In addition to the recommendation and proposal for the One Church Plan, the report going to General Conference will also contain a “historical narrative” that will explain the Council’s reasons for their proposal. That material will also contain the two other plans proposed by the Commission on a Way Forward, a Connectional Conference Plan and a Traditionalist Plan. The Connectional Conference Plan would create three theological jurisdictions (one traditionalist, one progressive, and one uniting) that would each operate under different understandings about marriage and sexuality while sharing a common core of doctrine and mission. The Traditionalist Plan would retain the current stance of the church prohibiting same-sex weddings and self-avowed practicing homosexual clergy, enhance accountability to these standards to create uniform enforcement across the church, and provide a gracious exit for those who are unable or unwilling to live within the current boundaries of the Discipline.

Will the two plans not recommended by the bishops include possible legislative changes related to those plans?

The Connectional Conference Plan has been fully developed and contains all the legislation (including constitutional amendments) that would be required to implement that plan. That legislation will be part of the historical narrative and background material in the report. That legislation could be put forward by General Conference delegates as a substitute for the One Church Plan on the conference floor in St. Louis.

The Traditionalist Plan has not been fully developed. The COB asked the Commission to focus its attention on developing the One Church and Connectional Conference Plans coming out of the bishops’ November 2017 meeting. That essentially took the Traditionalist Plan off the table, and it was not developed beyond the initial sketch of the proposal. At its meeting ending May 4, the COB changed its mind and asked the Commission to develop a Traditionalist Plan for inclusion in the report along with the other two plans.

Because the request to develop the Traditionalist Plan came to the Commission just one week before its final meeting, the Commission was unable and perhaps unwilling to further develop the plan. The other two plans received intensive and comprehensive participation from the Commission and the COB over an extended period of time, including consultation with outside legal and financial experts. That same process was unavailable for the Traditionalist Plan because it was reintroduced so late. There are legislative proposals that have been written to implement the Traditionalist Plan, but they have not been extensively vetted by the Commission. It will be up to the executive committee of the Council of Bishops whether to include legislation for the Traditionalist Plan in their report to General Conference.

If Traditionalist legislation is not included in the bishops’ report, does that mean a Traditionalist Plan cannot be passed by General Conference?

No. If legislation for a Traditionalist Plan is not included in the bishops’ report, a legislative proposal that implements the Traditionalist Plan can still be introduced at General Conference. Such legislation could be submitted as part of the regular petition process for the 2019 General Conference (deadline of July 8). It is possible (but not very likely) that the Judicial Council could prohibit other petitions besides the bishops’ report and proposal from being submitted through the regular petition process. In that case, the legislation could still be separately translated and mailed to the delegates prior to General Conference. Either way, delegates could then propose that legislation as a substitute for the One Church Plan. So yes, a Traditionalist Plan could still be passed by General Conference.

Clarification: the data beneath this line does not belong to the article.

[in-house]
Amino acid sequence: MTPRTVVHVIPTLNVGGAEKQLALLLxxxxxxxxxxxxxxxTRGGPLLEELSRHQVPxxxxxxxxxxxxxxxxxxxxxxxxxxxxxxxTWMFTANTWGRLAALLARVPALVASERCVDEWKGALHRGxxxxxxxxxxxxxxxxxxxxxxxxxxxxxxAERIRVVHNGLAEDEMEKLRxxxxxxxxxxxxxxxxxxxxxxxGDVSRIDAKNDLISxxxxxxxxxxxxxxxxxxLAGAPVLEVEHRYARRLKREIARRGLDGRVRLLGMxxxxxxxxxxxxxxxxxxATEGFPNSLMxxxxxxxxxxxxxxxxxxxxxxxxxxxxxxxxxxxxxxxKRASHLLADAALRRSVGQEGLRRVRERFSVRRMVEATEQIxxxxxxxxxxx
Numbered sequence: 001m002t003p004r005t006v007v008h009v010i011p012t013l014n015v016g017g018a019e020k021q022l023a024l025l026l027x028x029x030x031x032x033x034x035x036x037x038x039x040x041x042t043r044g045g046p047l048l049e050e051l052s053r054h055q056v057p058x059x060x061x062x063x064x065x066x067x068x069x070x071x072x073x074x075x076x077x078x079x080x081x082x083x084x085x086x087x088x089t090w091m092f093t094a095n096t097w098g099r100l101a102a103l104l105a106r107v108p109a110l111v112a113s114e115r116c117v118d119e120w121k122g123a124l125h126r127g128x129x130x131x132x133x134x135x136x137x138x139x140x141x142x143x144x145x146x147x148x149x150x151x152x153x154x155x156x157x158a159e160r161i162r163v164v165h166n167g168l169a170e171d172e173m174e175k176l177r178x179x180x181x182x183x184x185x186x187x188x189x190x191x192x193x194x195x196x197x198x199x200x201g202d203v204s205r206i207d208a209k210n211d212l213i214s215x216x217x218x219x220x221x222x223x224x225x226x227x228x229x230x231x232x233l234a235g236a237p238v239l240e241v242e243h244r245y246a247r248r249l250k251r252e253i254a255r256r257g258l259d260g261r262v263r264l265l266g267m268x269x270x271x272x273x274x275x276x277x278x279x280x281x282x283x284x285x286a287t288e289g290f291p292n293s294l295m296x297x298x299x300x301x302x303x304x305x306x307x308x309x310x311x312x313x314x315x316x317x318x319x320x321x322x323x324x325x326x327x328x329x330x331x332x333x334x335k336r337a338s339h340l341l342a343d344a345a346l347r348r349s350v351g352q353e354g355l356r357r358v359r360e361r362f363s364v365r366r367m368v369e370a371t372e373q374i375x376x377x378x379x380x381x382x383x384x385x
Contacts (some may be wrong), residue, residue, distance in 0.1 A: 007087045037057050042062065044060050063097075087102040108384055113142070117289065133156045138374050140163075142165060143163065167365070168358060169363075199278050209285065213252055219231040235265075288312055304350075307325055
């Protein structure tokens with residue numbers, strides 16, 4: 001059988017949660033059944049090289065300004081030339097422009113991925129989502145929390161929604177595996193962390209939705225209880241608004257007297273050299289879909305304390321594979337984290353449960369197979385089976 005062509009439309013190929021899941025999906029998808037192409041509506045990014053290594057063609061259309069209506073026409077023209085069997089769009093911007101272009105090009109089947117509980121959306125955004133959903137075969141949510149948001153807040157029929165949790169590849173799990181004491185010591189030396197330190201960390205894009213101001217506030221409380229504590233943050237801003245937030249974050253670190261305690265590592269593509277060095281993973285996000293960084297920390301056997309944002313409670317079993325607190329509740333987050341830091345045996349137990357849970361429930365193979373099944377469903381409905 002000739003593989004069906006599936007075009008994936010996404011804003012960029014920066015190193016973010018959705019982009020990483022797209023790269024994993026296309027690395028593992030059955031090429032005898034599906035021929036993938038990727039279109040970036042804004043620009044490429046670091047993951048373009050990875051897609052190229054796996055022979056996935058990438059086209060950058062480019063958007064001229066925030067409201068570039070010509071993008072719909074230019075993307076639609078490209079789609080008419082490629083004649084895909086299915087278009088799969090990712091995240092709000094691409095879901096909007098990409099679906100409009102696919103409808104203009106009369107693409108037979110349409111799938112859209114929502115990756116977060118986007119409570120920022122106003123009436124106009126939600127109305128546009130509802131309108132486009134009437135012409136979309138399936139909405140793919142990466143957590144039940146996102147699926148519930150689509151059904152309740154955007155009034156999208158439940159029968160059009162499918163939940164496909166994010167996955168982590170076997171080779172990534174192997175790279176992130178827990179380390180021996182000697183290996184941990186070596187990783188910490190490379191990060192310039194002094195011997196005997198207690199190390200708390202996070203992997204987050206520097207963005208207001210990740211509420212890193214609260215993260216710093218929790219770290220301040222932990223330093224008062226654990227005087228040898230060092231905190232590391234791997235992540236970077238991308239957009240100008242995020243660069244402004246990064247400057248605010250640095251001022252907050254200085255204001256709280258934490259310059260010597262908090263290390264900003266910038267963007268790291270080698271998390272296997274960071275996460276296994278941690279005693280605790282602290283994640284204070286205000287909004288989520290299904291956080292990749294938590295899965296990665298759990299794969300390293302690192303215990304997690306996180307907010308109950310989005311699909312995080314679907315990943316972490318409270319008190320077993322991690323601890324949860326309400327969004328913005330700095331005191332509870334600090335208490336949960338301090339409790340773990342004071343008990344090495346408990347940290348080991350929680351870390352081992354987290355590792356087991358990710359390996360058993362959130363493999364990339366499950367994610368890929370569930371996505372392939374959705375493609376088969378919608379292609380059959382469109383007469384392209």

Will there be a “gracious exit” path available for churches and clergy who cannot live with whatever plan is passed by General Conference?

The bishops decided that their mandate was to provide for the unity of the church, not to encourage the departure of congregations and clergy. Therefore, an exit path will not be part of their One Church proposal. However, at least one form of exit path legislation will be included in the supplemental material, and it could be added by the General Conference delegates to any of the plans. Other exit path proposals could be submitted as part of the regular petition process, if permitted by the Judicial Council, or else submitted independently. The delegates could add any of these exit path proposals to any of the plans.

Why will the COB report and proposal not be released until early July?

There are several reasons why it will take until July to release the final report and proposal.

  • The report has yet to be finished. Some minor but legally important changes were made to the One Church and Connectional Conference Plans at this week’s Commission meeting. As noted above, the Traditionalist Plan was not finished by the Commission. If the executive committee of the Council of Bishops wants to include legislation for a Traditionalist Plan (and other supporting material), that has yet to be written and decided upon. The COB executive committee will also need to reformat the report for General Conference, including putting the legislation in petition form. So the report is nowhere near finished.